Similar arguments have been made against resin kit makers -- In case you had not noticed, many resin kit masters include copied parts from plastic kits. No lawsuits yet, to my knowledge.

 
     Not analogous, since making kits for sale hardly falls under fair use. But as you say, the injury caused is likely too small to litigate, except for those who love to demonstrate their rights. Still, if I were to want to copy parts for kits, I would hesitate to assume no one in the hobby falls into that category.

Tony Thompson             Editor, Signature Press, Berkeley, CA
2906 Forest Ave., Berkeley, CA 94705         www.signaturepress.com
(510) 540-6538; fax, (510) 540-1937; e-mail, tony@...
Publishers of books on railroad history





Re: [Ops-Ind] car placement - 1960

caboose9792@...
 

PRR regulations for the transport Explosives and dangerous articles 1952
 
 
This is the oldest book of this type in my collection. I've seen older but were to expensive for my level of interest in the respective time periods.
 
Anyhow the link to the book directly is:
 
It is on my server since people hate to use yahoo and I don't want to upload it to multiple groups. I'll leave it up for the rest of the month so if the server gets bogged down the next few days there is still time to look.
 
 
Mark Rickert
 
 

In a message dated 8/4/2014 5:11:57 P.M. Central Daylight Time, Ry-ops-industrialSIG@... writes:
Apparently, throughout the steam era the only car placement rules
were promulgated by the Bureau of Explosives, dating to 1907. In 1921
Congress gave the ICC the power to regulate the MARKING of hazardous
cars, but it is unclear if they also added any rules concerning
placement in the train, beyond the "not adjacent to locomotive,
caboose or occupied passenger cars" already enforced for cars
containing explosives. Tony Thompson has a nice summary of the
placard rules from a modeling perspective in his blog here:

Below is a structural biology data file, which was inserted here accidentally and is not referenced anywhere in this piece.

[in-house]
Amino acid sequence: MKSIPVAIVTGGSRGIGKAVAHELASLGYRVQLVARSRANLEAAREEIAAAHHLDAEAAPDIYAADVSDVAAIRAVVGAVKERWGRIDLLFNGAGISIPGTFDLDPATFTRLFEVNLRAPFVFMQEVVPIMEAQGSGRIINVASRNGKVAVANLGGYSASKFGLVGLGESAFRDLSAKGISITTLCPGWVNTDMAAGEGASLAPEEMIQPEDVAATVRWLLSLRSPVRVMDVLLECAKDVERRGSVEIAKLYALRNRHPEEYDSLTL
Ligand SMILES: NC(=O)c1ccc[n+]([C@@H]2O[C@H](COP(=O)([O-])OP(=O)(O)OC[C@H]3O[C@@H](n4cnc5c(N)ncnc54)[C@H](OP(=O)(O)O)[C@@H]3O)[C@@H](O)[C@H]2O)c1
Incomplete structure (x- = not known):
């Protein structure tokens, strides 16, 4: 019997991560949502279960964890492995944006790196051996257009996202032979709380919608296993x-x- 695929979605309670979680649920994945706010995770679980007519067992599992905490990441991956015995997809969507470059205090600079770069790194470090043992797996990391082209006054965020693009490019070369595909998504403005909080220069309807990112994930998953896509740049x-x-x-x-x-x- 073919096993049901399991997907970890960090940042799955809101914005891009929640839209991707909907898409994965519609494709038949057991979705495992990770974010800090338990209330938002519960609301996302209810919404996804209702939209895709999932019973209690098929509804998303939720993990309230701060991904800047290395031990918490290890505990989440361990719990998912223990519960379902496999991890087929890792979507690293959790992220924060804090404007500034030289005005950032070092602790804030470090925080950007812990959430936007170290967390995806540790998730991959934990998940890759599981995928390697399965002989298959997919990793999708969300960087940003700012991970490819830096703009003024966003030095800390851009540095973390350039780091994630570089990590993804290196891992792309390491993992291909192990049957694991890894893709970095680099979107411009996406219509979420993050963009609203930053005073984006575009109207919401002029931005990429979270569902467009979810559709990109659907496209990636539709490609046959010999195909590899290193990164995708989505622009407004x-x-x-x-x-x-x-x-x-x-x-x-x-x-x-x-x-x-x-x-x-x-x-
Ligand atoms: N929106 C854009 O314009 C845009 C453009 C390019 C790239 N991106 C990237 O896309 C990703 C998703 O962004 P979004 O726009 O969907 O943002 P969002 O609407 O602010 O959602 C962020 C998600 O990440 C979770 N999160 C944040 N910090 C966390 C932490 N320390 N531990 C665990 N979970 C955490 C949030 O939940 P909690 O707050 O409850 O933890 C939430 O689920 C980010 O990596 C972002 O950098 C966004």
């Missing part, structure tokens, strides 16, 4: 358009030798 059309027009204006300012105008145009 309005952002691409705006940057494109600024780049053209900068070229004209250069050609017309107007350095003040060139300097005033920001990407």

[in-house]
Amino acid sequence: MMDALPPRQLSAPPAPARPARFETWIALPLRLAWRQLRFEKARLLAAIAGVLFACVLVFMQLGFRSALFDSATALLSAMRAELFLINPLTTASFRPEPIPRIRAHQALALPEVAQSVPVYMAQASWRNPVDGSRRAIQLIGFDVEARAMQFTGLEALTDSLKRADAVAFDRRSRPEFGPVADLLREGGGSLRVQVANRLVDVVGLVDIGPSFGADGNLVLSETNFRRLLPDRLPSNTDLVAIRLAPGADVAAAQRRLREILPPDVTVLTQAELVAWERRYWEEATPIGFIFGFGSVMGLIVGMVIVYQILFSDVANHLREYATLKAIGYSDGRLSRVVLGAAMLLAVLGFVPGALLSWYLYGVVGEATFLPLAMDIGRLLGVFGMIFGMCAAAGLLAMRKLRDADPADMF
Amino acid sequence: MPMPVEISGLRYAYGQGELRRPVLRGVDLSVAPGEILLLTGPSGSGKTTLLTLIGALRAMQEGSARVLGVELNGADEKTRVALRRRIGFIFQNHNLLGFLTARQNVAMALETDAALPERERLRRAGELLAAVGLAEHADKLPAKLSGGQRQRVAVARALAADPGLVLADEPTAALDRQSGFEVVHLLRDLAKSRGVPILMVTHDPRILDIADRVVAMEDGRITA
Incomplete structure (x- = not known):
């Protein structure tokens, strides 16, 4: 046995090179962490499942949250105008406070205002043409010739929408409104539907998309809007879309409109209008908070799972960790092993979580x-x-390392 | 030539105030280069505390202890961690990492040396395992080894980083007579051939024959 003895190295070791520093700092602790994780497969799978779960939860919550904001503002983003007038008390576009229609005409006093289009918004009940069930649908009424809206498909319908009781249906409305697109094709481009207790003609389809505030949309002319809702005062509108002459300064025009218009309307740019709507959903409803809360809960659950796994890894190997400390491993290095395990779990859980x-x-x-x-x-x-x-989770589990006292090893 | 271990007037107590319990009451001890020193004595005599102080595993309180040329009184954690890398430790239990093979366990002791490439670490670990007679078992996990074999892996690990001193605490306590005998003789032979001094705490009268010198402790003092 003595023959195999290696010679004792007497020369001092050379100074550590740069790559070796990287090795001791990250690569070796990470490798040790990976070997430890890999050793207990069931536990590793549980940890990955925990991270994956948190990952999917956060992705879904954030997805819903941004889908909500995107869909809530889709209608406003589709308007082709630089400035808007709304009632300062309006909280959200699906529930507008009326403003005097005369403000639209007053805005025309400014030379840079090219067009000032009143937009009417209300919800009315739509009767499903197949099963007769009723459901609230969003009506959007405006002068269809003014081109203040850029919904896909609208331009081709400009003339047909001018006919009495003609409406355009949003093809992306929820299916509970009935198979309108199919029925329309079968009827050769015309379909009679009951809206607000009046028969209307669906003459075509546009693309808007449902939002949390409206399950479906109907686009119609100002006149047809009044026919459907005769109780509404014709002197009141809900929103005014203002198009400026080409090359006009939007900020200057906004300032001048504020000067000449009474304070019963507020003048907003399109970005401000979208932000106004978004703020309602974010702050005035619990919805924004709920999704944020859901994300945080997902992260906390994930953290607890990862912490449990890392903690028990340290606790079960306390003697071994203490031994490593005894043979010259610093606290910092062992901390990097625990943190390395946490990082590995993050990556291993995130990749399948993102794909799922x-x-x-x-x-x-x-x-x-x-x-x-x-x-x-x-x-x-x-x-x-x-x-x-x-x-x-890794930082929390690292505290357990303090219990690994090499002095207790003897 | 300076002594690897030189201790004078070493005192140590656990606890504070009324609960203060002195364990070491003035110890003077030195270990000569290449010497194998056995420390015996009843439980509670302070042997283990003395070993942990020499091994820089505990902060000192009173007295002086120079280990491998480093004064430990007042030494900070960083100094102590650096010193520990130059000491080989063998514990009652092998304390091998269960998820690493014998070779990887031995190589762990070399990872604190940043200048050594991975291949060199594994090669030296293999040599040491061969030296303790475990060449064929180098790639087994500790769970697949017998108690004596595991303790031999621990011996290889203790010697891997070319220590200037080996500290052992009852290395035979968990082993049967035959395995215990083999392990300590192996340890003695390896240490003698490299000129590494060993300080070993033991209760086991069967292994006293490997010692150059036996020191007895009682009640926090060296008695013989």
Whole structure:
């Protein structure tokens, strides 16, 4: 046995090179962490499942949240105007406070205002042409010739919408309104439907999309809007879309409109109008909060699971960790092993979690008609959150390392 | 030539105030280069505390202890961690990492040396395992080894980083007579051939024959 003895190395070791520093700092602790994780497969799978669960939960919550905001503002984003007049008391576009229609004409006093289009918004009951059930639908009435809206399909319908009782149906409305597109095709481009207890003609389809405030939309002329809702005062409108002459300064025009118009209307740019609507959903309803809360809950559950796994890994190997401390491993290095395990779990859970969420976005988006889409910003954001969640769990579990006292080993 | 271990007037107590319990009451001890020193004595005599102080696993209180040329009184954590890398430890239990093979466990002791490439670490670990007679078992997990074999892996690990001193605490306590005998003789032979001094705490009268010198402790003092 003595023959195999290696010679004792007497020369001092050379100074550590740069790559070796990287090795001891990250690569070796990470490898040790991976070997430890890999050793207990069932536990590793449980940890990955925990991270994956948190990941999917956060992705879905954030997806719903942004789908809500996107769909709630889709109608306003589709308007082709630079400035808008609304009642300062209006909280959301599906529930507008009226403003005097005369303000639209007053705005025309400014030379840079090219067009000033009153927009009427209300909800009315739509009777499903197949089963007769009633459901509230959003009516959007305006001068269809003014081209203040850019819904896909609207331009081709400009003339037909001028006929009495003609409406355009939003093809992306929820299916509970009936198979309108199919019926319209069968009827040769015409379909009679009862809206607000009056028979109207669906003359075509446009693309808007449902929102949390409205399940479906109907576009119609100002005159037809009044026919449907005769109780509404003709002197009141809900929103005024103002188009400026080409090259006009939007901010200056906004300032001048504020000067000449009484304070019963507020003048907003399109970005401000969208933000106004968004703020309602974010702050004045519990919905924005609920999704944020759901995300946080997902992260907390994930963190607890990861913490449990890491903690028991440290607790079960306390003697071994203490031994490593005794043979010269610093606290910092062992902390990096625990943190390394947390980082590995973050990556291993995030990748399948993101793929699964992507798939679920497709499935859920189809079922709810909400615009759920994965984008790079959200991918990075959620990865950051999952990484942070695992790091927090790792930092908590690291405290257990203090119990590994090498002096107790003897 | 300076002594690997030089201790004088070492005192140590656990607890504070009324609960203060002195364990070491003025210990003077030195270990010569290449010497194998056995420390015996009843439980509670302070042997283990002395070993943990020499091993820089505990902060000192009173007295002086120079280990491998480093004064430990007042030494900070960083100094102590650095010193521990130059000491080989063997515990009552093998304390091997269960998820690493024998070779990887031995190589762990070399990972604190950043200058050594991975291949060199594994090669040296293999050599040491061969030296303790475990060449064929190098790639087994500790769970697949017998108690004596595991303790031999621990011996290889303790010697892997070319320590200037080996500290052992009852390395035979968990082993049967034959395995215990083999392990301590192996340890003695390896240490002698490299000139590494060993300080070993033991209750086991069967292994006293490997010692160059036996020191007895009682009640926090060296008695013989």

http://modelingthesp.blogspot.com/2012/03/tank-car-placards-prototype.html

But doesn't go into the operations aspect.

Dennis Storzek


Re: Custom Decals

Tony Thompson
 

Alex Schneider wrote:

 
Technically, that would be a violation of the copyright of Champ, Walthers or whomever created the decal being copied.
If you can find out who owns the copyright, they might be willing to grant you permission to make a reasonable number for personal use.

    Copyright law explicitly permits copies for personal use, as when you Xerox a magazine article or book page. It's called "fair use."

Tony Thompson             Editor, Signature Press, Berkeley, CA
2906 Forest Ave., Berkeley, CA 94705         www.signaturepress.com
(510) 540-6538; fax, (510) 540-1937; e-mail, tony@...
Publishers of books on railroad history





Re: Custom Decals

Tim O'Connor
 

Technically true, and equally true, I really don't care. If it's for
my use, and they don't make them anymore, let them try to make a case.
Similar arguments have been made against resin kit makers -- In case
you had not noticed, many resin kit masters include copied parts from
plastic kits. No lawsuits yet, to my knowledge.

Tim O'

Technically, that would be a violation of the copyright of Champ, Walthers or whomever created the decal being copied.

If you can find out who owns the copyright, they might be willing to grant you permission to make a reasonable number for personal use.

Alex Schneider